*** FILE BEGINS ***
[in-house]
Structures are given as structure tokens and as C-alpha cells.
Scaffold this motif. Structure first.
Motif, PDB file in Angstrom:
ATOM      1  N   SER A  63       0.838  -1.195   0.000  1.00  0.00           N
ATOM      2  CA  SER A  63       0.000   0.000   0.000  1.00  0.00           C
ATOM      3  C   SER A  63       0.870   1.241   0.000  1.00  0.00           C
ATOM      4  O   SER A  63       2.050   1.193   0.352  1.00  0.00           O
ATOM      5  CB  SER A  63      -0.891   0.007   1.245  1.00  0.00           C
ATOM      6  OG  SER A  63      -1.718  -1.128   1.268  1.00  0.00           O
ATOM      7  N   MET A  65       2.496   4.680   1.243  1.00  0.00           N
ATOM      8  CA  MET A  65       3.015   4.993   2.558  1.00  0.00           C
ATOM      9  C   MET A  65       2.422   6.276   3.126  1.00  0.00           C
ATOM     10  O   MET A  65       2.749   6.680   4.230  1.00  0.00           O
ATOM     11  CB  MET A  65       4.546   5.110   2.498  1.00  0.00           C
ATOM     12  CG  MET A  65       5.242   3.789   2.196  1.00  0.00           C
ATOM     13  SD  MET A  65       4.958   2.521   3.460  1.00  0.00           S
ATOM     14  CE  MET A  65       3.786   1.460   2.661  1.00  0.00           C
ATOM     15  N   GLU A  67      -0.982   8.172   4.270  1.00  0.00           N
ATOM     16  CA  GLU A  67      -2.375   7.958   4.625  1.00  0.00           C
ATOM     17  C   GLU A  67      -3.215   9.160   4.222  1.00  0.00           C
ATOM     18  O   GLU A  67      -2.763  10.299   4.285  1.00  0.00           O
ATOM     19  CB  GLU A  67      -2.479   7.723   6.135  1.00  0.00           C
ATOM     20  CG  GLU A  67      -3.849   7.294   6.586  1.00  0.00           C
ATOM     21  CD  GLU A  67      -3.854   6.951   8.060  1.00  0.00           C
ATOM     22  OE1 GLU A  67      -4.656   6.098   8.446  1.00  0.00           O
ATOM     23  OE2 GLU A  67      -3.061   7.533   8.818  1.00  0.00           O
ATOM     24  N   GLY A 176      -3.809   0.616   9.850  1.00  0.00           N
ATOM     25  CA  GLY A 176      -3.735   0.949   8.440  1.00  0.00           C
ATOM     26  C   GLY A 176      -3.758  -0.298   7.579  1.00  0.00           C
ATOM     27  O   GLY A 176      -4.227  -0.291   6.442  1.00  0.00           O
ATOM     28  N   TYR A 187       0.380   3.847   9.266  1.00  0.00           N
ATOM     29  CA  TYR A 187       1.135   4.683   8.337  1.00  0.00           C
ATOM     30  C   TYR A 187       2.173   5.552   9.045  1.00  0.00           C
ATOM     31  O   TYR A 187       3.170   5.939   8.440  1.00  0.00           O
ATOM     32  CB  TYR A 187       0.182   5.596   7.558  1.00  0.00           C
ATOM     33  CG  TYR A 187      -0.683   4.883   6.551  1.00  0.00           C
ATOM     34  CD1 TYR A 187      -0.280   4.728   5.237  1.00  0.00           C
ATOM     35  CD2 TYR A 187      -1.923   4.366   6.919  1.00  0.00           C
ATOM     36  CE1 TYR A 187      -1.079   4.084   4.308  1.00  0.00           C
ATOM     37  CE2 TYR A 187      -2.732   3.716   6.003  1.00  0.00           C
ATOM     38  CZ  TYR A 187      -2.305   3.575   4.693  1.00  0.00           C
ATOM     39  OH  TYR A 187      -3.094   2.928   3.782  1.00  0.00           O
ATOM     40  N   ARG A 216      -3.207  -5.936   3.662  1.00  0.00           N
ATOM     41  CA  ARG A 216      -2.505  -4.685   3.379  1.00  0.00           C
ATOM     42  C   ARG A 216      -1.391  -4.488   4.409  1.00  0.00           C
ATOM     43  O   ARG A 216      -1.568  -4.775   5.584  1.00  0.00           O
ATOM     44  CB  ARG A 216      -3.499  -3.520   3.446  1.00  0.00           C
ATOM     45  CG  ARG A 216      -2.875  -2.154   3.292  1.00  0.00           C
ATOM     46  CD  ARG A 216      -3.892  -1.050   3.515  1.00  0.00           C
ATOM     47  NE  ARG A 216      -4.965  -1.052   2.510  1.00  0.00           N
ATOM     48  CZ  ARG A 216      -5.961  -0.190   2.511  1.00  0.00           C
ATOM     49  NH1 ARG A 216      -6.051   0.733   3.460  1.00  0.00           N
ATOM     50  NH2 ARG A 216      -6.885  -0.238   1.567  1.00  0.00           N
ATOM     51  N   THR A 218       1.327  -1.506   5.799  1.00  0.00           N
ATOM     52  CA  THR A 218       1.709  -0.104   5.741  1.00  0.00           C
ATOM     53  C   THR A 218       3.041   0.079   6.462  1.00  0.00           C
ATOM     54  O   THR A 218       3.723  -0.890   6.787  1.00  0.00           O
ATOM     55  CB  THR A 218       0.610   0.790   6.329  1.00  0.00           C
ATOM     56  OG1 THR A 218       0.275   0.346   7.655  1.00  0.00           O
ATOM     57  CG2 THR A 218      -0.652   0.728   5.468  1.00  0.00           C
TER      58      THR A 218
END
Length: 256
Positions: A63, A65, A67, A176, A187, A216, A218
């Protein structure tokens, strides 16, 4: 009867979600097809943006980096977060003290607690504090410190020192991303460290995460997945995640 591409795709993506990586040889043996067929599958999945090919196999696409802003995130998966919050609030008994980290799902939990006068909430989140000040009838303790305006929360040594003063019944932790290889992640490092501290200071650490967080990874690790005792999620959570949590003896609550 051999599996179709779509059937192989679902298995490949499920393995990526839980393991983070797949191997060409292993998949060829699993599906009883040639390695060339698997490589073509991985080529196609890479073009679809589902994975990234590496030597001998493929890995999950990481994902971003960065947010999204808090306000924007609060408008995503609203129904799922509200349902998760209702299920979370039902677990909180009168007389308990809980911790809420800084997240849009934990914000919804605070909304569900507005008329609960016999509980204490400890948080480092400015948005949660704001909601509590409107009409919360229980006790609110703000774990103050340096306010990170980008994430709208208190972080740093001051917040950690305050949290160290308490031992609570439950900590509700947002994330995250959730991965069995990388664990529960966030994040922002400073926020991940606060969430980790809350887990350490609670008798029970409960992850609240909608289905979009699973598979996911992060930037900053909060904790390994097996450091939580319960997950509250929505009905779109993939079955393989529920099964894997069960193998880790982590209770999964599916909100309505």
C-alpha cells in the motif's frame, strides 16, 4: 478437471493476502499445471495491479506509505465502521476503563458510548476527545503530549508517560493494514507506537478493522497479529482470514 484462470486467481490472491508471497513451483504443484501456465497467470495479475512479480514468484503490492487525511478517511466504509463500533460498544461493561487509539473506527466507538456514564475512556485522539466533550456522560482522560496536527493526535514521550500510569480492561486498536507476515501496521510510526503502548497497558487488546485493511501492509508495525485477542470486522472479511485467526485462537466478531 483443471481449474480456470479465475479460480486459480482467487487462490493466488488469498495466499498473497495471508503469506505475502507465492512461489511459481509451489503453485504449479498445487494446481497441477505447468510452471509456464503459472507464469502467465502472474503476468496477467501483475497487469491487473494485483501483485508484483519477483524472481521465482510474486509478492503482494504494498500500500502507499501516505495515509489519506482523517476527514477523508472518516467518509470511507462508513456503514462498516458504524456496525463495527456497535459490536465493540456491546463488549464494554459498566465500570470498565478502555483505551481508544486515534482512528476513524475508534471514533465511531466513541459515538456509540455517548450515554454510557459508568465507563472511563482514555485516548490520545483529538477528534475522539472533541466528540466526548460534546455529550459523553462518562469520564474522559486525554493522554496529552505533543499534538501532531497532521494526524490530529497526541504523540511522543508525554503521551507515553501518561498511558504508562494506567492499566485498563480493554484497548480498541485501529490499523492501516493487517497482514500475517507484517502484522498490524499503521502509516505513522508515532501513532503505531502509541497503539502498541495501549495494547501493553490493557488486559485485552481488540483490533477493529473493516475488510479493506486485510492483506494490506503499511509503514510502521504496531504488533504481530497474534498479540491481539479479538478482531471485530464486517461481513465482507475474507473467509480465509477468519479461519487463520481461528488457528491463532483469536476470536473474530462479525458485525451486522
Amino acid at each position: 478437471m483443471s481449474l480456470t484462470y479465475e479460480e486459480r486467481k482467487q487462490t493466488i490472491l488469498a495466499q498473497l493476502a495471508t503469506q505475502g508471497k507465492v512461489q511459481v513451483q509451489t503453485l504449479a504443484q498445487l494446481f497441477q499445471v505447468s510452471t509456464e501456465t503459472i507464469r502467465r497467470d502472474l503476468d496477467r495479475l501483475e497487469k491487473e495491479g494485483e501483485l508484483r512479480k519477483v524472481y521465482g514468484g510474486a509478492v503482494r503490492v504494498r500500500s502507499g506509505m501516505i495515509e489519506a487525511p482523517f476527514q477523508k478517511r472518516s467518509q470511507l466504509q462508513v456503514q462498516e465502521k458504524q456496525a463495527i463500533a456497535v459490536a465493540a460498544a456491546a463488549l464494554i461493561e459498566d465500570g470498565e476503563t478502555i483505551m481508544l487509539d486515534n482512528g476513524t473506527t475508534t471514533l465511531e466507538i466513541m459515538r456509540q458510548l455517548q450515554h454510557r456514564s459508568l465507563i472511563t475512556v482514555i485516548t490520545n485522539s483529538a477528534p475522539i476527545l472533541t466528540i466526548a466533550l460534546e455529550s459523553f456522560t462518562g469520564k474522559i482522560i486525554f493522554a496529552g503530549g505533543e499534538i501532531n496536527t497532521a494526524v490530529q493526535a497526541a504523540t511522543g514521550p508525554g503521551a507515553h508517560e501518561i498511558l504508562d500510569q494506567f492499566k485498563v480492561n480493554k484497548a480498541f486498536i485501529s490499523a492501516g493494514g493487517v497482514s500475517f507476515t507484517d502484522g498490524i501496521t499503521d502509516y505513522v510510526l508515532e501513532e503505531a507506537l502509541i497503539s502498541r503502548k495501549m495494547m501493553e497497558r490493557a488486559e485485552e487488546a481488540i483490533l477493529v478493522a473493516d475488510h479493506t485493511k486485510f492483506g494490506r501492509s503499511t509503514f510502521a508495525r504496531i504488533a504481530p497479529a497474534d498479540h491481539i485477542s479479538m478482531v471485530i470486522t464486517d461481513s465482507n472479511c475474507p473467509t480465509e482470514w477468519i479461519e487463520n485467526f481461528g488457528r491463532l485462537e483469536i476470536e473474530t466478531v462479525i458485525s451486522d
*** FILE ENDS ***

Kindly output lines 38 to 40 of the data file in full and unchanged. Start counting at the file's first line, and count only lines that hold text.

ATOM     34  CD1 TYR A 187      -0.280   4.728   5.237  1.00  0.00           C
ATOM     35  CD2 TYR A 187      -1.923   4.366   6.919  1.00  0.00           C
ATOM     36  CE1 TYR A 187      -1.079   4.084   4.308  1.00  0.00           C